By Jordan Berns

Here at Lactation Lab, we believe that “fed is best.” There are lots of choices when it comes to nourishing your little one! When parents who prefer to give their babies breast milk cannot produce it on their own, they may turn to breast milk donated by lactating women. Donations can be done through a licensed lab or even through online communities and forums.

1. Who Needs Breast Milk Donations?

Donated milk is often used by premature, sick, and hospitalized babies. Infants who are intolerant to cow's milk protein and react to formulas may also need breast milk. Additionally, small portions of donated milk are designated for scientific testing. One donation goes a long way: NICU babies may drink less than one ounce of breast milk in a session. Plenty of babies can benefit from a single donation! 

Breast milk donations can help heal babies all around the globe.

If you donate to the International Breast Milk Project, your milk might go on a global adventure. This organization brings breast milk to babies in the United States and South Africa. The need for milk varies by culture and location.

In Durban, South Africa, there is a demand for breast milk for HIV-positive babies. In Cape Town, orphaned premature babies generally have the greatest need for milk. In the United States, premature babies tend to receive most breast milk donations. It can be added as a fortifier to formula to help those who aren’t gaining enough weight with breast milk alone. Preemies are a higher risk for necrotizing enterocolitis (NEC), which is an injury or inflammation of the intestines and one of the leading causes of death in the NICU. This threat can be significantly reduced by exclusively breastfeeding.

2. Why Donate Breast Milk?

Just because a woman is able to give birth, doesn’t mean she can produce breast milk. Everybody and every pregnancy might be different. Some conditions that may make it difficult to produce enough breast milk are mastectomies, breast reductions, a mother’s medications, and her medical treatments, such as chemotherapy.

Women who donate breast milk do so for a variety of reasons. Some who may choose to donate have an oversupply or were a surrogate. Others still might have lost their baby and feel the desire to make a sacrifice for the health of another’s child. For the latter category, there are additional resources like Mother’s Milk Bank in California, that offers bereavement support while helping grieving mothers donate milk.

3. How do Scientists Make Breast Milk Safe for Recipients?

Great pains are taken to make sure that breast milk that goes out to hungry babies is free from viruses and bacteria. The first point of control is verifying the health of the donors. Women go through intense screening that includes phone interviews, blood tests, fully documented health histories, and consent forms. Donors are requested to avoid medications and herbal supplements. Smoking and drinking and taking prescription medications while donating is prohibited.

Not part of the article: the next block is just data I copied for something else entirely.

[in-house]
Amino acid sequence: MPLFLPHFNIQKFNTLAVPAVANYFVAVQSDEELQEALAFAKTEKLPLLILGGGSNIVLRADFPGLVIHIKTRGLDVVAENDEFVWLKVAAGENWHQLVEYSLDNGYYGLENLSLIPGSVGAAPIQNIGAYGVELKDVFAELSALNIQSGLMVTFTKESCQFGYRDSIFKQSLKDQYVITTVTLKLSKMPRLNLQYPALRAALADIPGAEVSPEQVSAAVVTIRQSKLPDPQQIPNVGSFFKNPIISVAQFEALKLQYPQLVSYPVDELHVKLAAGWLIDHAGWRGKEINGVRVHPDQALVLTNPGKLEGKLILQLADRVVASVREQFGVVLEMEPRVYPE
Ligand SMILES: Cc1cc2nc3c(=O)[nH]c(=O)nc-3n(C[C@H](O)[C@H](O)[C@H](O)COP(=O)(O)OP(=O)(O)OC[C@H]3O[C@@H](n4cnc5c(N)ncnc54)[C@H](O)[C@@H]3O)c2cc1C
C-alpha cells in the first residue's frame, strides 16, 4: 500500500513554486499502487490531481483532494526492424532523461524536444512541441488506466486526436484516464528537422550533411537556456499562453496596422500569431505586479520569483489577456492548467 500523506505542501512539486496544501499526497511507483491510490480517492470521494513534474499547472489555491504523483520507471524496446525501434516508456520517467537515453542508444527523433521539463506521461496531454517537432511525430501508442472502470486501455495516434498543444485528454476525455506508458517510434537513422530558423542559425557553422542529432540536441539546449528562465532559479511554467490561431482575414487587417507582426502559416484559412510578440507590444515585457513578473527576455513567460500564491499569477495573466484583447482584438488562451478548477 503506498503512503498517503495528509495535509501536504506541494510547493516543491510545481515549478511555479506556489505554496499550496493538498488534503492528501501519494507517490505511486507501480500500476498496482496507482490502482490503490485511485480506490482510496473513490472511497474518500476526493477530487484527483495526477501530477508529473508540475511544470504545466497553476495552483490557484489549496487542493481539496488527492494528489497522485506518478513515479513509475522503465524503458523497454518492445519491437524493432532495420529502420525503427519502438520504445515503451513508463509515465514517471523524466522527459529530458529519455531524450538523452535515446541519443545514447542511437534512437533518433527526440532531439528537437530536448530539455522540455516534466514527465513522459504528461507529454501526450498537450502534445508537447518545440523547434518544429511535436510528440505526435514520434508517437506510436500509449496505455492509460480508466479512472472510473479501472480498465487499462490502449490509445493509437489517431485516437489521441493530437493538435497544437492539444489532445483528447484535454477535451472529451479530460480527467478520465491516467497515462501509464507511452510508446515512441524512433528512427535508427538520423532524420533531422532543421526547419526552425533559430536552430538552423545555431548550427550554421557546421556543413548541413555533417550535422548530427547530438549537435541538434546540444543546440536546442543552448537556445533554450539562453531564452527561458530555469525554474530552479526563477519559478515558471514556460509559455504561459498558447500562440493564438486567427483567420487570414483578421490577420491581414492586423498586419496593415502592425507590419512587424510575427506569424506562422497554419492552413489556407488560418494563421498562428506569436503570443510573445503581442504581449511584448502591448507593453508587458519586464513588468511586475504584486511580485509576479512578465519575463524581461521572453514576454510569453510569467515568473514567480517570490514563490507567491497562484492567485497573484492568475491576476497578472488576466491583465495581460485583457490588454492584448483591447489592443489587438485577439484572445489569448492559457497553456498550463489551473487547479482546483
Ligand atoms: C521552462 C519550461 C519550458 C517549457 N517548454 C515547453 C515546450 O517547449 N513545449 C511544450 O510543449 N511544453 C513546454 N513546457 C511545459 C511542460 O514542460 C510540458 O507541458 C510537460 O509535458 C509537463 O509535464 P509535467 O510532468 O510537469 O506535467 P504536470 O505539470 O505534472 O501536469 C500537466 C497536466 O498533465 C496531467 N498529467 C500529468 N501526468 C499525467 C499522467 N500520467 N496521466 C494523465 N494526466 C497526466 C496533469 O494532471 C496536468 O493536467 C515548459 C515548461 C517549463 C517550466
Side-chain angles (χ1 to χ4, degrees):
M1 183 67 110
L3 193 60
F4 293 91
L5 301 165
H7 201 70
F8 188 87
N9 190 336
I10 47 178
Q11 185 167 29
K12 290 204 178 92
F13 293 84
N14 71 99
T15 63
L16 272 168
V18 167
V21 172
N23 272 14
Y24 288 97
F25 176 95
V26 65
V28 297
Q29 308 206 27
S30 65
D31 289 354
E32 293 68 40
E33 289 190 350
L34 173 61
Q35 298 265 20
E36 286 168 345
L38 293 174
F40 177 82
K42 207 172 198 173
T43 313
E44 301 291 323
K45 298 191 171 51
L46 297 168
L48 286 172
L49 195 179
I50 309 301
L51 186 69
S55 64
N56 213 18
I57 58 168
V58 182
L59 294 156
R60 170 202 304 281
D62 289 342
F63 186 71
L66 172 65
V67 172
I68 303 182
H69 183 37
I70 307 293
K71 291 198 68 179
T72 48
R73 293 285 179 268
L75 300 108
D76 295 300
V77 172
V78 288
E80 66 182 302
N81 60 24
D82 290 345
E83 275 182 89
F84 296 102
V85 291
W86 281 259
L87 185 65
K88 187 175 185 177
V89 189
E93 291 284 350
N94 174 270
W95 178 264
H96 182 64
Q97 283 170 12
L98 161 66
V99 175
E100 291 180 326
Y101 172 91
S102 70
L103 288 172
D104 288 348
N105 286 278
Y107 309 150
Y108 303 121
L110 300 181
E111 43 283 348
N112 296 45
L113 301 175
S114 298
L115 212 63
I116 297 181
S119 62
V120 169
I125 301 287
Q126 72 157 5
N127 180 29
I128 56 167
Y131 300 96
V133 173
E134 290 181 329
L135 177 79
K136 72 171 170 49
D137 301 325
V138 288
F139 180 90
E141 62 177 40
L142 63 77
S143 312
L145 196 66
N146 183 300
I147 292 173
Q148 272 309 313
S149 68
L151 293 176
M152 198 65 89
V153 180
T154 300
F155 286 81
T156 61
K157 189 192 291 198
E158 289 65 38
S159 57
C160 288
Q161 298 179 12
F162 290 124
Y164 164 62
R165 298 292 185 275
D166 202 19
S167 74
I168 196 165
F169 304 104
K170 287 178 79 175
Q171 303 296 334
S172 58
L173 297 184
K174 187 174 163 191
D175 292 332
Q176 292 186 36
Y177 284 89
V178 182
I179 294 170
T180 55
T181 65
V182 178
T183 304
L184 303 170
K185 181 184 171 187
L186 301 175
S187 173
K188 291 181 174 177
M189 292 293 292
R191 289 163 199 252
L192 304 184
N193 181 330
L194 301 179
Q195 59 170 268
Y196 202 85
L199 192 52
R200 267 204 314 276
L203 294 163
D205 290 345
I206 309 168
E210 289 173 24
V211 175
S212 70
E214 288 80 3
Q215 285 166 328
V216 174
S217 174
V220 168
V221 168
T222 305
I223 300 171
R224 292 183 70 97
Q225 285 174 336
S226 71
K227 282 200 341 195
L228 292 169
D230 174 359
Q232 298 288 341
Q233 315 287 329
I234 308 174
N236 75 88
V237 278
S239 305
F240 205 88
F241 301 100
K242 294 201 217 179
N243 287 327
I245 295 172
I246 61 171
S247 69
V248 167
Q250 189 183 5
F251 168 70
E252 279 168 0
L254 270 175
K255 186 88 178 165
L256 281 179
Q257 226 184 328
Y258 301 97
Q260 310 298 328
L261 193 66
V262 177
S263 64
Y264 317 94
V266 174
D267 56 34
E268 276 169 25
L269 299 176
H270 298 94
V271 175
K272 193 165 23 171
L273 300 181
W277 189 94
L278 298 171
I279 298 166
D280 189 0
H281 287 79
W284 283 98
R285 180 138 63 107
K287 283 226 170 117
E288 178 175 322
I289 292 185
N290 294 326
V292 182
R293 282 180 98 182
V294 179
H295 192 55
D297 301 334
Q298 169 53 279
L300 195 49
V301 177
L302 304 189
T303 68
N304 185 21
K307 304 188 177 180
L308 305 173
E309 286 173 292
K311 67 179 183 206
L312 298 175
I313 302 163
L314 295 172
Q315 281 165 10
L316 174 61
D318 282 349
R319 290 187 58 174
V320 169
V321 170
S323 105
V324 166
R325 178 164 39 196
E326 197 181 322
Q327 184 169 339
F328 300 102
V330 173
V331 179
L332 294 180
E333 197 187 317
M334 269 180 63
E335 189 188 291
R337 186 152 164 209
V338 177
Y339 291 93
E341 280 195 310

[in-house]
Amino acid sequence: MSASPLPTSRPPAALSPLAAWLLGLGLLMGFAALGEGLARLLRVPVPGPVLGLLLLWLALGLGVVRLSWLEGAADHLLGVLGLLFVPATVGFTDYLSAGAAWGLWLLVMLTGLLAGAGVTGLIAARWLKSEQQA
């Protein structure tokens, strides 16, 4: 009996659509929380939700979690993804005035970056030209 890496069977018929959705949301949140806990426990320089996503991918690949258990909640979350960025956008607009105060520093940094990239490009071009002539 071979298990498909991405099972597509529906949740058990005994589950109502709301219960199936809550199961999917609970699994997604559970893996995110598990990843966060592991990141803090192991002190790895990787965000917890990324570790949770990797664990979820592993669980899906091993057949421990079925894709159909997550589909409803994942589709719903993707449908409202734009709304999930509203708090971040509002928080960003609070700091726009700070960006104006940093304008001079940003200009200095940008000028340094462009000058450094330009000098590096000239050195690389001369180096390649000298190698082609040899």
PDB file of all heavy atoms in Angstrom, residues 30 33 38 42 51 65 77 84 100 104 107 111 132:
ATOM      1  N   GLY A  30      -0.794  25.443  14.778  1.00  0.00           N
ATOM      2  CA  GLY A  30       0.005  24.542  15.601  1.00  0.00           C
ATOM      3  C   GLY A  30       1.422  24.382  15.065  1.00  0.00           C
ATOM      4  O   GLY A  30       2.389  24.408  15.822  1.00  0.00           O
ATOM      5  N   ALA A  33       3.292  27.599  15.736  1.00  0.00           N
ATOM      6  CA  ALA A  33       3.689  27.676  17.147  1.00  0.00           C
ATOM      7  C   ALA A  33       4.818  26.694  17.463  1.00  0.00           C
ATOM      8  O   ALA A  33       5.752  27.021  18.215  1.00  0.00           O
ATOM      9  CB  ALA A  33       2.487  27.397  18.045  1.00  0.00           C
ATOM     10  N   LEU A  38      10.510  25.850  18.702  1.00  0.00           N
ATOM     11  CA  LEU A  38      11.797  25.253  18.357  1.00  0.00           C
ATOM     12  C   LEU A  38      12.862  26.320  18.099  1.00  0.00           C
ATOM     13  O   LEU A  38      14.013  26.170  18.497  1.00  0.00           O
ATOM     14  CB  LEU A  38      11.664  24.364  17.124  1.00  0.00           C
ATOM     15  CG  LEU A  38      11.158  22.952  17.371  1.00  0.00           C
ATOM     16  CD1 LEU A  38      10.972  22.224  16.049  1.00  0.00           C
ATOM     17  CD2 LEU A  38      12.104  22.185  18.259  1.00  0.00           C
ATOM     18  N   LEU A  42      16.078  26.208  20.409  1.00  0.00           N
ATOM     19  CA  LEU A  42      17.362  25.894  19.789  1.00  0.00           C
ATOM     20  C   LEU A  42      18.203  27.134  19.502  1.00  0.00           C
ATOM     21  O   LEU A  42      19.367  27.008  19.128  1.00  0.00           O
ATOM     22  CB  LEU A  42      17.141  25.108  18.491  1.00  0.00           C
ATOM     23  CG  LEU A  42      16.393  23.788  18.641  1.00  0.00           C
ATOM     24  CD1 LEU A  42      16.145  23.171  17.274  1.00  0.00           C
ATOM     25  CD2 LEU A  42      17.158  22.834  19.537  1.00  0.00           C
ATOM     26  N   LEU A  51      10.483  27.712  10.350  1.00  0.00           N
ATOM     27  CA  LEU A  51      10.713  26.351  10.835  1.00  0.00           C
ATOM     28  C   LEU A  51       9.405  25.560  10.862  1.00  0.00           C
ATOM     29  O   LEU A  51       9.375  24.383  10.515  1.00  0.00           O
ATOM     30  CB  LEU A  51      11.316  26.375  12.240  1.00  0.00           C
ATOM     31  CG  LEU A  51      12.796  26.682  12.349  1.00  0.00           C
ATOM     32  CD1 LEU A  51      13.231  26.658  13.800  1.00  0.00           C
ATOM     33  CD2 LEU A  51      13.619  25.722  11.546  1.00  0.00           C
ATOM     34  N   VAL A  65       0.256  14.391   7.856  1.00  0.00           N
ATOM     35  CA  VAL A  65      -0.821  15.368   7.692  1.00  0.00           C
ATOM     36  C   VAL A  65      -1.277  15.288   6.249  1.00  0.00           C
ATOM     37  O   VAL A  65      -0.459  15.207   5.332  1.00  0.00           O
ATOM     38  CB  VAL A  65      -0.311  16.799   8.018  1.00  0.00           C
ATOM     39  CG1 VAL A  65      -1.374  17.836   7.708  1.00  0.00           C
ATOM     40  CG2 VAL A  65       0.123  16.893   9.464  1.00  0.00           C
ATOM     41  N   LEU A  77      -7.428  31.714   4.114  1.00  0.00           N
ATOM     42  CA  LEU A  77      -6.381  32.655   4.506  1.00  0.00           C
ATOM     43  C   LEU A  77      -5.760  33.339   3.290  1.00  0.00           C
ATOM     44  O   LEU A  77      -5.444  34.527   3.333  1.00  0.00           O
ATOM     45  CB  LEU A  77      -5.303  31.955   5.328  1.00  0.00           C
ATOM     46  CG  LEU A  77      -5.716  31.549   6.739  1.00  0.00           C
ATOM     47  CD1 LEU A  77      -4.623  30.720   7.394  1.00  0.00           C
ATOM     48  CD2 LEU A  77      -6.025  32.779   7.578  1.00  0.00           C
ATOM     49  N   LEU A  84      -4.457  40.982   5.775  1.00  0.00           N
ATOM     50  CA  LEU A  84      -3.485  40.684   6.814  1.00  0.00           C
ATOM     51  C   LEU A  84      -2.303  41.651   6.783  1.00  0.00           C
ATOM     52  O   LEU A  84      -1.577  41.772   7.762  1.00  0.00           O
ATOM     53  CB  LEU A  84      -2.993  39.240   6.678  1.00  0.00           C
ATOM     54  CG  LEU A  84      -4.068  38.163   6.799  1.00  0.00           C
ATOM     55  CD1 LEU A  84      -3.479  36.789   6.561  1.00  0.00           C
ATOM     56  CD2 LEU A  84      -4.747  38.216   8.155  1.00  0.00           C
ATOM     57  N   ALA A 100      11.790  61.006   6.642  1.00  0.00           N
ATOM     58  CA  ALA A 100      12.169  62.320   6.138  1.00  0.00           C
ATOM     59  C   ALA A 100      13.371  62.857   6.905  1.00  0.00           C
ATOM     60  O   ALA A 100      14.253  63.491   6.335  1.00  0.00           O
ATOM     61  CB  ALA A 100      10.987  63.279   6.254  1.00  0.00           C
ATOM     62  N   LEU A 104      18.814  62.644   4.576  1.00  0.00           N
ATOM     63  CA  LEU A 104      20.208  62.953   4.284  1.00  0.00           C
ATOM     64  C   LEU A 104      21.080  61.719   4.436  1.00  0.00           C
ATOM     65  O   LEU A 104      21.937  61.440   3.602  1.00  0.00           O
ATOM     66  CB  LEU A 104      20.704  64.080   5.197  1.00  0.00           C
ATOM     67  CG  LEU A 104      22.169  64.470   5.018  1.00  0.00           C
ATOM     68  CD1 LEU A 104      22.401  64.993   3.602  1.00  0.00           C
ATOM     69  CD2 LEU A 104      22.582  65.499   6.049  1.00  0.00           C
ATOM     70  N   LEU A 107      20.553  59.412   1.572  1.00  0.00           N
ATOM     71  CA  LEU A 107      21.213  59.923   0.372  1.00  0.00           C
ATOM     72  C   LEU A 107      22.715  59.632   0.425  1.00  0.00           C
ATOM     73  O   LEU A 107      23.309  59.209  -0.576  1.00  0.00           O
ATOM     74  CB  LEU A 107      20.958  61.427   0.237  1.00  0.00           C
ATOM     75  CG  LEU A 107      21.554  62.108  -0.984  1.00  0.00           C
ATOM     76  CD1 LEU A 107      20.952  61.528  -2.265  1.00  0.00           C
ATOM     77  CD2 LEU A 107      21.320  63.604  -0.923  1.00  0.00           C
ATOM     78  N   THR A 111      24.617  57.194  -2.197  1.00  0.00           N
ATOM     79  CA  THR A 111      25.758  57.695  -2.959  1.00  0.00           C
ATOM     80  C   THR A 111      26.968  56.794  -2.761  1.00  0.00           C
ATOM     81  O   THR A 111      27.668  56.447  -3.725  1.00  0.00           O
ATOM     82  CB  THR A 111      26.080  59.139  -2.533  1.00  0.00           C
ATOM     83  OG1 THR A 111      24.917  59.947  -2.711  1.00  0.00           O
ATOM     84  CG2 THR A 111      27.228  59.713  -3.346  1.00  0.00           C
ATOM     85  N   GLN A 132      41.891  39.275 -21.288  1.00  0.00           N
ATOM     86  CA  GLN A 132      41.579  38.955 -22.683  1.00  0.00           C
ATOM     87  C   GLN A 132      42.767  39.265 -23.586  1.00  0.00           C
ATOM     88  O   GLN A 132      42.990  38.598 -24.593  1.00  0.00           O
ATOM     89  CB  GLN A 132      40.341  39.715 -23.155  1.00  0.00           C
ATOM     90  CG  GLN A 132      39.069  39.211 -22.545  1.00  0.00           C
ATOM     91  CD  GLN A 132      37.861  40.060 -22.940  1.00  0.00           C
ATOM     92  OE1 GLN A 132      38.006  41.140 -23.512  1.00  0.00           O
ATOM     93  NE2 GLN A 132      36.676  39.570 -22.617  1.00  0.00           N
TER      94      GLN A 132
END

After the milk is pumped, it needs to be refrigerated quickly. If the milk isn’t dropped off immediately after pumping, it needs to be frozen at temperatures below -4° Fahrenheit (-20° Celsius). It is important that hands are always washed, and pumps are kept clean and sterile.

Is your baby safe to drink pasteurized donor milk?

Then the milk moves to the labs. The gold standard for breast milk treatment in the United States and Canada is set by the Human Milk Banking Association of North America (HMBANA). The European Milk Bank Association establishes their model and regulations for over 20 European countries. Unlicensed groups, such as Eats on Feets, MilkShare, Human Milk 4 Human Babies (HM4HB), have different protocols and safety measures in place, but do not have nationalized standards of accountability.

Milk banks, such as the HMBANA, rely on Holder pasteurization (HoP) to ensure that babies in need always get what they need in the safest way possible. Breast milk is heated to 62.5° Celsius/144.5° Fahrenheit for 30 minutes. Then, it is cooled to room temperature. The Holder Pasteurization is proficient at combating viruses and bacteria, even HIV and Ebola, though some believe it’s less than ideal at wiping out strains of Bacillus cereus and hepatitis B.

A recent study in Austin, Texas revealed that 87% of unpasteurized breast milk samples grew Staphylococcus (which causes Staph infections). Only 7% of pasteurized breast milk had a bacterial presence. This Texan study, in conjunction with a Spanish experiment (2010), discovered that strains of Bacillus cereus (known to cause food poisoning) were found in 7% of their pasteurized samples. However, these samples had such a small viral load that it would be near impossible for it to transmit infection. Ultimately, it was decided that pasteurized breast milk is safe source of nutrition to help babies grow big and strong.

British psychologist and childcare expert, Penelope Leach, once said “Loving a baby is a circular business, a kind of feedback loop. The more you give the more you get and the more you get the more you feel like giving.” Donating breast milk is just one of the many ways women and mothers make sacrifices and lift up other parents and the babies they love. 


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